A United Nations commission that was tasked to investigate human rights violations and abuses in North Korea has published a report on its findings on Monday, and it is urging that the hermit country repatriate Japanese citizens that it abducted decades ago. North Korea itself has admitted to sanctioning the abductions, but as of the moment have not repatriated all of them. Relatives of the abductees in Japan are still hoping that they may be reunited with their loved ones in one way or another.
The UN-sanctioned group, called the Commission of Inquiry on Human Rights, was created last year specifically for investigating human rights issues in the Democratic People’s Republic of Korea (DPRK, the official name of North Korea). The commission has held public hearings in Japan, South Korea, Europe and other pertinent locations, but its members were refused entry into the target country by the North Korean government. In their report, the commission says that “systematic, widespread and gross human rights violations” was sanctioned from the highest levels of the North Korean government, including crimes against humanity. These “enforced disappearances are unique in their intensity, scale and nature,” the commission said in their report.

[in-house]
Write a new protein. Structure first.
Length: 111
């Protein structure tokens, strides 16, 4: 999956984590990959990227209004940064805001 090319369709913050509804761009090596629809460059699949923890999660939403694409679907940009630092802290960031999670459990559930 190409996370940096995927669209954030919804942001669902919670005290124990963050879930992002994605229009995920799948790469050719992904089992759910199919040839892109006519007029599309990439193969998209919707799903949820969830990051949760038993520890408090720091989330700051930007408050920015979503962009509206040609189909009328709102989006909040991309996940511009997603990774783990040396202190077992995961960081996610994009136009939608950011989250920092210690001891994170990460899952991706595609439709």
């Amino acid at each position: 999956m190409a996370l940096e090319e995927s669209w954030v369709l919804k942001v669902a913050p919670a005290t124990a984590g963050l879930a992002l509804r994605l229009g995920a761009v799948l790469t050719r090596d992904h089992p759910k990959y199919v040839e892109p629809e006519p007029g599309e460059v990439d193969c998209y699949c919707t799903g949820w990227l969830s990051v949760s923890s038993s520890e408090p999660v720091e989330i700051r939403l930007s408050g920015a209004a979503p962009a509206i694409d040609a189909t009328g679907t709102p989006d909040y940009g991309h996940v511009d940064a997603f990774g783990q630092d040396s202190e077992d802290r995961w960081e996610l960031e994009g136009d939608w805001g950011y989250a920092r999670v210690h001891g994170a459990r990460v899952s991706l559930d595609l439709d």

Commission Chairman Michael Donald Kirby of Australia said in a news conference that most of the responsibility in these issues are with North Korea’s current leader, Kim Jong-Un. To ensure accountability and that those responsible are brought to justice, the commission suggests that the UN Security Council engage the International Criminal Court, or that the council establish an ad hoc tribunal. As of the moment, it is unclear how effective the report’s recommendations will be, but the document is expected to increase international awareness of the abductions.
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